Tell me, can you do all that online?
Another member, Maureen, found a way to make us laugh no matter how dire things got in her life. Her nine year old son had tried to jump out a classroom window. Instead of agreeing that he needed special education, the school system moved his class to the first floor, so he wouldn’t have far to fall. Her son also saw things that weren’t there. One day, she told us, he ran to her and said there was a man in his room and the man was jumping on his bed. “Honey, she responded, “I should be so lucky.”
I began a second group a few months later and both lasted for seven years, until I began a new job and couldn’t do it anymore. It was even harder leaving those groups than it was my first one. Each meeting was like watching a soap opera or a reality show and I would be drawn in, rooting for people, holding my breath at other times. I was left wondering what happened next to everyone. Occasionally, I would hear a snippet, get an email or connect with someone online. Considering what they had braved, most everyone was doing pretty well. They certainly deserved it.
I’ve thought a lot about what makes a group work, because when it does, there is nothing like it. Here are my top 7 tips.
1. Create a community, not a group. Groups have a set time, specific rules and guidelines. While those are important, they don’t make a group successful. When members feel like this is their community, things take off. Communities are built on a sense of belonging, shared experiences and knowing what you can expect from each other.
2. Share the emotional connection. The members of the group will come looking for someone just like her, or him. Like me, they won’t find it. But their experiences will echo one another’s. In one group, a mom described her son’s intense depression and how isolated he was. “At least he doesn’t use drugs,” she said. The next mom said, “My son uses,” and went on to describe his isolation and how it tore her heart. They connected that night and sat next to one another for the next several meetings.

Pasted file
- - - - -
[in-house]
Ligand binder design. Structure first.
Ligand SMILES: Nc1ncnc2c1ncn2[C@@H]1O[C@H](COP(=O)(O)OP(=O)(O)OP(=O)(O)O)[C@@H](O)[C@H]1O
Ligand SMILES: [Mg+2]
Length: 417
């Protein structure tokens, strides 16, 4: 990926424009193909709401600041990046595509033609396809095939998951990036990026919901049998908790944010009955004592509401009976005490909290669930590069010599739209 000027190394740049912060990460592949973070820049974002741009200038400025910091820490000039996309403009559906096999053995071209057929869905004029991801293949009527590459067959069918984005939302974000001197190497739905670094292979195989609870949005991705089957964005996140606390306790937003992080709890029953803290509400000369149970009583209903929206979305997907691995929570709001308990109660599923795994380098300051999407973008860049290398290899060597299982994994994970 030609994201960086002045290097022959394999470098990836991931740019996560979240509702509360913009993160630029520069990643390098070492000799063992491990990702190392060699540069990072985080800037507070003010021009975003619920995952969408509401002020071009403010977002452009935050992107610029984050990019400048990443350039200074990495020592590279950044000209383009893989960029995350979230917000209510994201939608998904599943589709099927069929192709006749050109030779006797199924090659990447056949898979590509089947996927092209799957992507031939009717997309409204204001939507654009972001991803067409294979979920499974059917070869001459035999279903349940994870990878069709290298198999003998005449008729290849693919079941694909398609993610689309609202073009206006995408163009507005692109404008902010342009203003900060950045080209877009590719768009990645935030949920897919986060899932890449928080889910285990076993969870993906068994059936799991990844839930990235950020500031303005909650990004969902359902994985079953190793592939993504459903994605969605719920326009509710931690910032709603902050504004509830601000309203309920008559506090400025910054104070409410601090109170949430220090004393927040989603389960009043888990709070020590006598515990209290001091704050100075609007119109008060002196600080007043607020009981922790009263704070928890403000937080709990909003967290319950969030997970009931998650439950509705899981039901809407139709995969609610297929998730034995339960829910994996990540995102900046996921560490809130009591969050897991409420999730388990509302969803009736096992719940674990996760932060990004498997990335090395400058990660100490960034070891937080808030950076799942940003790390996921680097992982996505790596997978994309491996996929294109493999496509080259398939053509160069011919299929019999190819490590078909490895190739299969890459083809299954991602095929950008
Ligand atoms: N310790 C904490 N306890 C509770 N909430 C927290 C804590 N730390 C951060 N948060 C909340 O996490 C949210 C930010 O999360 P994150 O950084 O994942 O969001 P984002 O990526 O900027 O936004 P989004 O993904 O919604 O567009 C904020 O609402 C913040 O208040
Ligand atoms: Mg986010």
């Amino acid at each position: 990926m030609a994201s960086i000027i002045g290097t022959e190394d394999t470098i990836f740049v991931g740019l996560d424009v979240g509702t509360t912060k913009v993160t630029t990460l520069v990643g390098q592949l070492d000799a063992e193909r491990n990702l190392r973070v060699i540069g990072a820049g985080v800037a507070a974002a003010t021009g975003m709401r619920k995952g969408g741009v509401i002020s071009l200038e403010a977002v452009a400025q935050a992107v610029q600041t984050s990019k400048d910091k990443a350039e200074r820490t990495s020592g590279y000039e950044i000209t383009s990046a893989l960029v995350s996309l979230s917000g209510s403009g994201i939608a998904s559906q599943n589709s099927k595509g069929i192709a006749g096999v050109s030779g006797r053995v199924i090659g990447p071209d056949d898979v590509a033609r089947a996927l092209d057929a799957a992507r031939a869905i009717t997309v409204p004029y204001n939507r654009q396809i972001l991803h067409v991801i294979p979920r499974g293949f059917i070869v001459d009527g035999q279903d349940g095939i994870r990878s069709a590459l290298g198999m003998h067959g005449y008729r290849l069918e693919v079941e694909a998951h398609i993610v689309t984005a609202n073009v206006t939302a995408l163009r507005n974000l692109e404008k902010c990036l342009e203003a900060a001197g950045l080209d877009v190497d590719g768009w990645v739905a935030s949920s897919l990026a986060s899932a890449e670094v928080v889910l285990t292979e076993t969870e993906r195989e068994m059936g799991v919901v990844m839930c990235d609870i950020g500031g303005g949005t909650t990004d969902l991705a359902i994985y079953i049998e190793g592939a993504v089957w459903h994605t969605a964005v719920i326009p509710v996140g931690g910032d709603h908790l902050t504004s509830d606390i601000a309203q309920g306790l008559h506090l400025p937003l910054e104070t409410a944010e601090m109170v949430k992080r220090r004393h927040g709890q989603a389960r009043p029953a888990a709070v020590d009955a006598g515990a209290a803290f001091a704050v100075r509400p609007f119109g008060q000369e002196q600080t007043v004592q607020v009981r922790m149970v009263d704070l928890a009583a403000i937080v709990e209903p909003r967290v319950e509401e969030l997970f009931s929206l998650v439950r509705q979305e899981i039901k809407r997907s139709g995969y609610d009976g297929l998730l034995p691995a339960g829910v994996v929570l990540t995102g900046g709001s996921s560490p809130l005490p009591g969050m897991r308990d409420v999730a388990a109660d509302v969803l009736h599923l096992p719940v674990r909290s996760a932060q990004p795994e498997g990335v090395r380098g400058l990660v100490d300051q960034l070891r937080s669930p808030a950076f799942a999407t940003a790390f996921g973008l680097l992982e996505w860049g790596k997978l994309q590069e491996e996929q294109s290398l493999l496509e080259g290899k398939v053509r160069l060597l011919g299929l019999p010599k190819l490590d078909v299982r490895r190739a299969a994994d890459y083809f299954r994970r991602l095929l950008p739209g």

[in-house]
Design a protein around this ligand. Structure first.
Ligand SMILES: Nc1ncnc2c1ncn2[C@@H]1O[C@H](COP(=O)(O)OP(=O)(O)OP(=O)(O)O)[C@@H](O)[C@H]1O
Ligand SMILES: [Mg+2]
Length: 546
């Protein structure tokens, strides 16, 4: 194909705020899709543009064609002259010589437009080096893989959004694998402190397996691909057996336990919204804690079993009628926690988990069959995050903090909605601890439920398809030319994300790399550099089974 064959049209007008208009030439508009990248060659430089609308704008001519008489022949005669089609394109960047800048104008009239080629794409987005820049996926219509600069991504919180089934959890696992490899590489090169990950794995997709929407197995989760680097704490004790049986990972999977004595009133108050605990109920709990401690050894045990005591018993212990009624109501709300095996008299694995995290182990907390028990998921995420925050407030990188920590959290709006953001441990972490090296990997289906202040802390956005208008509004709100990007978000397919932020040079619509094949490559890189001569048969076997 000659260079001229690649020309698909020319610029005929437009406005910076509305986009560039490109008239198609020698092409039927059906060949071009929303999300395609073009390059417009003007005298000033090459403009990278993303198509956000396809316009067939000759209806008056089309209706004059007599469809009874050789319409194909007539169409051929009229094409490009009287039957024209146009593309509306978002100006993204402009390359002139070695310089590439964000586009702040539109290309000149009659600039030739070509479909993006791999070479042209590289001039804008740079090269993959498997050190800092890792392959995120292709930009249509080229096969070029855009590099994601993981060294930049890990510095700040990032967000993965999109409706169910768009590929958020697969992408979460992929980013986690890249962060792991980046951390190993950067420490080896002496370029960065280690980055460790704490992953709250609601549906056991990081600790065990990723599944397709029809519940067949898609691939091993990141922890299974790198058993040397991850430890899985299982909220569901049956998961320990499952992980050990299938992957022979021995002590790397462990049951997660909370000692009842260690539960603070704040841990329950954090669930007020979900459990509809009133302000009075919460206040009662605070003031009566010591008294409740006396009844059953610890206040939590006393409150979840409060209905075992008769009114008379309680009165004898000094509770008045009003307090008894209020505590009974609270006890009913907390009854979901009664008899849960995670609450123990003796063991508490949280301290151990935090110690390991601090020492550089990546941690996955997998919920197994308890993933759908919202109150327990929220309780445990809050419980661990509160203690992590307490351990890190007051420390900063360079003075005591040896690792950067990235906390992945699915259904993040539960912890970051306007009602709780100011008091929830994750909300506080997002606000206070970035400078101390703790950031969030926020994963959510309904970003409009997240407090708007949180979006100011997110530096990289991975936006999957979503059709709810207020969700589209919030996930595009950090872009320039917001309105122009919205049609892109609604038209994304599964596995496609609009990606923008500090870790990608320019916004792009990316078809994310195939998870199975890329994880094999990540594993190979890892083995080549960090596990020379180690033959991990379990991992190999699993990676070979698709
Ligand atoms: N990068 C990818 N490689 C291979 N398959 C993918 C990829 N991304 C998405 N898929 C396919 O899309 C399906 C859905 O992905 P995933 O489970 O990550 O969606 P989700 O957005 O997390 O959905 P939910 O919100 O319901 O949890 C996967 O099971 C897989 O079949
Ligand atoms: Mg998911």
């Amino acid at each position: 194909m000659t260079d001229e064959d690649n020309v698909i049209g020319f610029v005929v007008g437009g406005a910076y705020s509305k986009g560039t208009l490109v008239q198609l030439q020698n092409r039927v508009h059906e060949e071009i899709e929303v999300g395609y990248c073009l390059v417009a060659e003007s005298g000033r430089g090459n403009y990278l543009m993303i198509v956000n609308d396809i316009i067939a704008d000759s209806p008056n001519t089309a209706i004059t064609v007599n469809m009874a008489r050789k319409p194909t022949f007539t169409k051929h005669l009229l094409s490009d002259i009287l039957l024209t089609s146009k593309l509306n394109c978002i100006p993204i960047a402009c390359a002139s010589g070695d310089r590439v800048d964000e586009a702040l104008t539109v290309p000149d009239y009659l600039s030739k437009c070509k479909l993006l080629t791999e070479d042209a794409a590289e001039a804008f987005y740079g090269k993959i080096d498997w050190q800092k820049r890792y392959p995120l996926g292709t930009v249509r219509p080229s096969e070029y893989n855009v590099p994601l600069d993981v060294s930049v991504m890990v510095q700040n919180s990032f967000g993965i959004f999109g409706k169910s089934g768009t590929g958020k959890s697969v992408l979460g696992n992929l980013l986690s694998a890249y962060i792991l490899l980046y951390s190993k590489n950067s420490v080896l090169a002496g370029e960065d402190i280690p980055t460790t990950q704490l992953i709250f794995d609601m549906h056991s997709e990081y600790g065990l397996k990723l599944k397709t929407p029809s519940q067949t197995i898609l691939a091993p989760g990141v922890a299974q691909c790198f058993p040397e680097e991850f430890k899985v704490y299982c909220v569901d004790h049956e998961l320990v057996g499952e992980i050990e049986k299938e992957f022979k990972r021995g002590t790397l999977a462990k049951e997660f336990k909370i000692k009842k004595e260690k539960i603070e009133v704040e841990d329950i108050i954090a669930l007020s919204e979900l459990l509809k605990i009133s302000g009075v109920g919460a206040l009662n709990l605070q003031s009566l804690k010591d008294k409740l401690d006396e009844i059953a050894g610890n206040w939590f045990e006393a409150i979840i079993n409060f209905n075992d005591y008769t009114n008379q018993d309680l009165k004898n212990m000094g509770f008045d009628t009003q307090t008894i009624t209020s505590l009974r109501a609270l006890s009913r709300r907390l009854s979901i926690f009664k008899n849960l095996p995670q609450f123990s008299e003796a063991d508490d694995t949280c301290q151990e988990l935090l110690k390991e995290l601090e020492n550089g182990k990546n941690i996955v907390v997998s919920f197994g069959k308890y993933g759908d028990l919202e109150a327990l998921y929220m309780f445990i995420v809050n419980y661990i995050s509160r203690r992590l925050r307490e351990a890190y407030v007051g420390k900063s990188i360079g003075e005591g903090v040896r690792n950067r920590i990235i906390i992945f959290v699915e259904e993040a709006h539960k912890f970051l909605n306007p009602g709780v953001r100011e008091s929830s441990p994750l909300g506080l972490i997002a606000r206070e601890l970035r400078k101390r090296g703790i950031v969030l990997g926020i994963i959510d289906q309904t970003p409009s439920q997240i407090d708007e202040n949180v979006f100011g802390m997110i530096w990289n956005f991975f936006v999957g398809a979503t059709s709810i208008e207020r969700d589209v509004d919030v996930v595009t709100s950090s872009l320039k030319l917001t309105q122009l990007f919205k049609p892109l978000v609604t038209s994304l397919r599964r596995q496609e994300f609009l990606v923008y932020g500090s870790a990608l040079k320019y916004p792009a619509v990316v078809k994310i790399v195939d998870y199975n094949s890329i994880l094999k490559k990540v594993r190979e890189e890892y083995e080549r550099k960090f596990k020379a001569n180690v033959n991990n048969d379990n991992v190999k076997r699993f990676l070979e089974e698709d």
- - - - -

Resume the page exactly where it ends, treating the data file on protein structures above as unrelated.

3. Emotional safety is essential. Parents live with chaos at home and frequent unpredictable behaviors. When a group has group rules, a lack of judgement, a commitment to honesty, clear boundaries around confidentiality, members can breathe. Sometimes you don’t get all the rules right, though. I was terrible at ending on time, often finishing a conversation in the parking lot.
4. The facilitator must have personal experience raising a child with emotional and mental health challenges. Some experience with support groups is pretty important, too, as facilitator training alone doesn’t do the trick. Culture matters a lot as well especially when groups draw from communities that are diverse. Remember, the facilitator is not the authority, but should be the catalyst for creating a community.
5. Foster networking and mutual support. Parents often feel pretty alone. They are like Atlas holding up the sky, not able to let go of the responsibility. Groups work when the group doesn’t just support the members, but the members support one another. I knew one group leader who did a lot of one-to-one work with parents. When she formed a group, the members tried to continue their individual relationships with her, instead of forming new ones with each other. It didn’t work out very well. Some group members will cook for the group, make calls, form carpools or even advocate for one another. It’s their group so they know what works.
6. Continue to grow the group. Group members come and go, but if you’re lucky you have a mix of long time members and newer ones. It’s hard for parents to locate groups, so facilitators have to get creative when marketing. I took a lot of calls from parents before they ever stepped into a meeting. They’d say, “Do you think I’ll fit in?” “Do I have to talk?” Facilitators have to reach out – often by phone – before meetings, afterward and in between. Connection fosters community.
7. Nurture future leaders. When you run a group, everyone at the group watches you. It can be unnerving at times, but this is how we all learn. When someone offers good advice or brings in a new resource, sit back and smile. They might be doing this too someday. We’ll need them.